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Optical Frequency Domain Imaging for Non-melanoma Skin Cancers (OFDI)

This study is currently recruiting participants.
See Contacts and Locations
Verified August 2017 by Benjamin Vakoc, Massachusetts General Hospital
Information provided by (Responsible Party):
Benjamin Vakoc, Massachusetts General Hospital Identifier:
First received: August 8, 2012
Last updated: August 7, 2017
Last verified: August 2017
The purpose of this research study is to find out if a non-invasive imaging device called Optical Frequency Domain Imaging (OFDI) can help doctors to see the tissue and blood vessels that are related to non-melanoma skin cancers. OFDI was designed to see microscopic details of your skin without needing to use any invasive techniques such as surgery or biopsy.

Condition Intervention
Non-Melanoma Skin Cancer (NMSC) Device: OFDI

Study Type: Interventional
Study Design: Intervention Model: Single Group Assignment
Masking: None (Open Label)
Primary Purpose: Other
Official Title: Optical Frequency Domain Imaging for Non-melanoma Skin Cancers

Resource links provided by NLM:

Further study details as provided by Benjamin Vakoc, Massachusetts General Hospital:

Primary Outcome Measures:
  • Successful imaging of lesion [ Time Frame: After completion of imaging session ]
    Images acquired of NMSC

Estimated Enrollment: 90
Actual Study Start Date: March 1, 2017
Estimated Study Completion Date: December 2017
Estimated Primary Completion Date: December 2017 (Final data collection date for primary outcome measure)
Arms Assigned Interventions
Experimental: NMSC Imaging
Optical Frequency Domain Imaging (OFDI) will be used to look at non melanoma skin cancer (NMSC) lesion(s).
Device: OFDI
Imaging of skin
Other Names:
  • Optical Imaging
  • Optical Coherence Tomography
  • OCT
  • Optical Frequency Domain Imaging

Detailed Description:

Non-melanoma skin cancer (NMSC) is the most common cancer in the United States, with more than 750,000 diagnosed patients treated every year. Its prevalence and incidence have significantly increased over the past two decades and it has been estimated that 20% of all Americans will develop this type of cancer during their lifetime (Neville et al., 2007). Biopsy and surgical resection of NMSC can result in tissue mutilation and scaring. Therefore, there is a need for new imaging technologies that can be used to non-invasively guide biopsy and surgery.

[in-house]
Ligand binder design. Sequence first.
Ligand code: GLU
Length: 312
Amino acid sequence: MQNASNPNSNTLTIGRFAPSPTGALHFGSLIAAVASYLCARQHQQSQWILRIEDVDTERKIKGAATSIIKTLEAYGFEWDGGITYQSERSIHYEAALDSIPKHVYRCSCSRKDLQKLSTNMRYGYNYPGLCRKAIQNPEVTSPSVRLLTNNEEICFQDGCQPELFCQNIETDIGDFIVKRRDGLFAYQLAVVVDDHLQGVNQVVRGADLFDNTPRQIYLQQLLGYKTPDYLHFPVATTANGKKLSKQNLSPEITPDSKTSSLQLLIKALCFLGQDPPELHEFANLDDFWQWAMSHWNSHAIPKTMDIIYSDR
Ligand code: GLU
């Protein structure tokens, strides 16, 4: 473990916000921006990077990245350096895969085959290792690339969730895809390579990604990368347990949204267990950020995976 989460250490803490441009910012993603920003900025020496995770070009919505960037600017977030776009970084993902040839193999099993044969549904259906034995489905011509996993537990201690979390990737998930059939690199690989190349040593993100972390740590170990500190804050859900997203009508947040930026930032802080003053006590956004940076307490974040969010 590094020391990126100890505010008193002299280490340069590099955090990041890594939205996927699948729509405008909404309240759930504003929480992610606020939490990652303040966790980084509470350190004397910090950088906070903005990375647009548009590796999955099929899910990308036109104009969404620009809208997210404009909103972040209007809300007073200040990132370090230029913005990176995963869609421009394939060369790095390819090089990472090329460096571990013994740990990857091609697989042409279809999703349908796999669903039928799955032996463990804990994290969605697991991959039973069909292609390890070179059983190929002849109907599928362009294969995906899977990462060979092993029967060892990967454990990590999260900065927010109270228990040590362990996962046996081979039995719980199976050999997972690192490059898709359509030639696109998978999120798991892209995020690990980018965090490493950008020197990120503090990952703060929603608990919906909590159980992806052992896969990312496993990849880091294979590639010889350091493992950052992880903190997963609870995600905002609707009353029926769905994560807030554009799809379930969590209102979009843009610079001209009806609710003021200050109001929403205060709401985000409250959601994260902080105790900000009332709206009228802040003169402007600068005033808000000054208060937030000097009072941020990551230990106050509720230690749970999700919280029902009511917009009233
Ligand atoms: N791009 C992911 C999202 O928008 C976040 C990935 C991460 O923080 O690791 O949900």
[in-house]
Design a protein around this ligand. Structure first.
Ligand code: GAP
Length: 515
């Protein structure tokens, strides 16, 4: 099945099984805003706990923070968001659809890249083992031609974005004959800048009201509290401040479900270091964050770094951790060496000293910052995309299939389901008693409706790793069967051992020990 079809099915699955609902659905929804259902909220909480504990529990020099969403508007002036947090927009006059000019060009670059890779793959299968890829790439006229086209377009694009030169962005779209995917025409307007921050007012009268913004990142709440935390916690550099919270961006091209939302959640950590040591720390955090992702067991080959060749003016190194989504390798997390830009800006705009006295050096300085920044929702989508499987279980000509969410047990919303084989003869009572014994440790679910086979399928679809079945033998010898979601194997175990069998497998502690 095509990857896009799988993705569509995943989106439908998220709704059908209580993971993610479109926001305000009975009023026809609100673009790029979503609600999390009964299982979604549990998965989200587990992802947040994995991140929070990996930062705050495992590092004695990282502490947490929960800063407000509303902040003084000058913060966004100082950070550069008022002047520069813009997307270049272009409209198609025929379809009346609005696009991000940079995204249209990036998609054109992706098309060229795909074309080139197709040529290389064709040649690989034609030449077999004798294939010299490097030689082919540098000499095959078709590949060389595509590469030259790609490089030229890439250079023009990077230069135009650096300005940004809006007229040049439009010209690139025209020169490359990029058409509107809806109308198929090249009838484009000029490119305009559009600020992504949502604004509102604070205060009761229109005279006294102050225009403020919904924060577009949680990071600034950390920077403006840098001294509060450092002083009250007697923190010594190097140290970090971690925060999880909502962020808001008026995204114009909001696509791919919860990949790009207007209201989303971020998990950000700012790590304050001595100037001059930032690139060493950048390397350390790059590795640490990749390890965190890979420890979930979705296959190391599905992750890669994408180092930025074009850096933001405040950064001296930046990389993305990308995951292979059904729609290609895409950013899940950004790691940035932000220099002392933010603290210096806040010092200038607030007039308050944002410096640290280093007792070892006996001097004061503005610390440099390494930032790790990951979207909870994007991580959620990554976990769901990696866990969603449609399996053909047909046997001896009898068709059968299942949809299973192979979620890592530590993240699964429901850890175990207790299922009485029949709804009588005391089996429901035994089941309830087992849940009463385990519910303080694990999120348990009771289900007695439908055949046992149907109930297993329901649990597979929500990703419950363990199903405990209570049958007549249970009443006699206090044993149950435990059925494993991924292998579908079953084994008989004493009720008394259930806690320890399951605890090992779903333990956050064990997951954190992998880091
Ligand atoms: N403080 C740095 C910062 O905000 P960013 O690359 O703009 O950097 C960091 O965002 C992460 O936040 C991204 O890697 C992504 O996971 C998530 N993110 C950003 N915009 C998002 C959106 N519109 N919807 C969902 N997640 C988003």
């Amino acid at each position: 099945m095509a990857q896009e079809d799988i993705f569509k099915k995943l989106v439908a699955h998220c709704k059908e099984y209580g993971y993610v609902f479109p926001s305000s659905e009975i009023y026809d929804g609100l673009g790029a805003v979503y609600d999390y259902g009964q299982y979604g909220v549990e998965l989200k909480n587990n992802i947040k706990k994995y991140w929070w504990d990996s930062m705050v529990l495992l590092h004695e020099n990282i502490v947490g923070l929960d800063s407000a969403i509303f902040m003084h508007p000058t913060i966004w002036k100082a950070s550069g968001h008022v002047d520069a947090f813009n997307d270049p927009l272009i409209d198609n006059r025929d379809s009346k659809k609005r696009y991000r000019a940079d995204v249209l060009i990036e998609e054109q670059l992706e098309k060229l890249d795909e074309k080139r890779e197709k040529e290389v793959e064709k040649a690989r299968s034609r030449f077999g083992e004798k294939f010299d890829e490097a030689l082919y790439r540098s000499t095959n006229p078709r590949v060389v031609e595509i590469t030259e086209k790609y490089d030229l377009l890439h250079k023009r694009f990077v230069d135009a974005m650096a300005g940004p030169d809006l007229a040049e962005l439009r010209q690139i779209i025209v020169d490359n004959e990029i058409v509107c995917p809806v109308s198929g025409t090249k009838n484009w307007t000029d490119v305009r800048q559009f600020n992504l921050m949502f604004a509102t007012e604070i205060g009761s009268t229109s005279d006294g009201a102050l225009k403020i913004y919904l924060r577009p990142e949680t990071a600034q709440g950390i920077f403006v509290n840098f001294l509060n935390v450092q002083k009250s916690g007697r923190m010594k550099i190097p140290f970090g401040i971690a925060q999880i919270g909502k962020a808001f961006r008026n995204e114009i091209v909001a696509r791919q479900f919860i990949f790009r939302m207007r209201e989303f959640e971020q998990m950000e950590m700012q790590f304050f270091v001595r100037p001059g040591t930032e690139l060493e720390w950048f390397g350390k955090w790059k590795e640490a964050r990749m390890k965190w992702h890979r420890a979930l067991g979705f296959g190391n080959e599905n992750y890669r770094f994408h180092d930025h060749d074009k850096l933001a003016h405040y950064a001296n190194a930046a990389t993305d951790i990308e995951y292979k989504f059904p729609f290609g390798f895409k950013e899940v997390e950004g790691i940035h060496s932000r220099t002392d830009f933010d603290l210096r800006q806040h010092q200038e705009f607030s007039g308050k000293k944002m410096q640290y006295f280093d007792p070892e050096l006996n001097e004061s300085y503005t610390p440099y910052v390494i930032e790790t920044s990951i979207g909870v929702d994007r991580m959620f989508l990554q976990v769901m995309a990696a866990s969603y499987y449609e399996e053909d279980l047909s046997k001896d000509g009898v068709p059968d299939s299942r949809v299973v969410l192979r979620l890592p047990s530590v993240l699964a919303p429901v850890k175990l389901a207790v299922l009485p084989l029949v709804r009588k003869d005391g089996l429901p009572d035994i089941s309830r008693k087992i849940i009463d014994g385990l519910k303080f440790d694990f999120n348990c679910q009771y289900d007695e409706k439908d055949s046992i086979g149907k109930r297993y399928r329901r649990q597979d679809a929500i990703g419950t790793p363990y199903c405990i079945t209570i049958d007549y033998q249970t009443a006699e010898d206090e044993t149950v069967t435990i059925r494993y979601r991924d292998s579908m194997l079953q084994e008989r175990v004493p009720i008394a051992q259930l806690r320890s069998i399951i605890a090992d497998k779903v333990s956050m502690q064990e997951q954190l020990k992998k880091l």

Optical Frequency Domain Imaging (OFDI) is a second-generation imaging implementation of optical coherence tomography (OCT) developed at the Wellman Center. OFDI provides high-resolution three-dimensional imaging in tissue. It uses an interferometric depth-sectioning technique and employs a near-infrared light source. Through analysis of phase information in the recorded signal. OFDI can detect blood vessels within tissues and tumors. Importantly, OFDI-based vascular imaging can be performed without the need for exogenous contrast agents, making it relatively easy to deploy in clinical settings.


Ages Eligible for Study:   18 Years to 80 Years   (Adult, Senior)
Sexes Eligible for Study:   All
Accepts Healthy Volunteers:   No

Inclusion Criteria:

  1. Male or female subjects with Fitzpatrick skin type I-VI
  2. Subjects with ages between 18 and 80 years of age
  3. Presence of at least one NMSC lesion

Exclusion Criteria:

  1. Subjects with active localized or systemic infections
  2. Subjects participating in potentially confounding clinical studies of investigational therapies, either drug or device.
  3. Subjects taking any topical/systemic chemotherapy or immunosuppressants
  4. Subjects who are pregnant and/or breastfeeding
  5. Subjects with tape adhesive allergies
  Contacts and Locations
Choosing to participate in a study is an important personal decision. Talk with your doctor and family members or friends about deciding to join a study. To learn more about this study, you or your doctor may contact the study research staff using the Contacts provided below. For general information, see Learn About Clinical Studies.

Please refer to this study by its identifier: NCT01662713

Contact: Benjamin Vakoc, PhD 617-726-0695
Contact: Benjamin Vakoc, PhD

United States, Massachusetts
Massachusetts General Hospital Recruiting
Boston, Massachusetts, United States, 02114
Contact: Benjamin J Vakoc, PhD         
Sponsors and Collaborators
Massachusetts General Hospital
Principal Investigator: Benjamin Vakoc, PhD Massachusetts General Hospital
  More Information

Responsible Party: Benjamin Vakoc, Assistant Professor, Massachusetts General Hospital Identifier: NCT01662713     History of Changes
Other Study ID Numbers: 2012P002430
Study First Received: August 8, 2012
Last Updated: August 7, 2017

Studies a U.S. FDA-regulated Drug Product: No
Studies a U.S. FDA-regulated Device Product: No

Keywords provided by Benjamin Vakoc, Massachusetts General Hospital:
skin cancer
optical imaging
optical coherence tomography
optical frequency domain imaging

Additional relevant MeSH terms:
Skin Neoplasms
Neoplasms by Site
Skin Diseases processed this record on September 19, 2017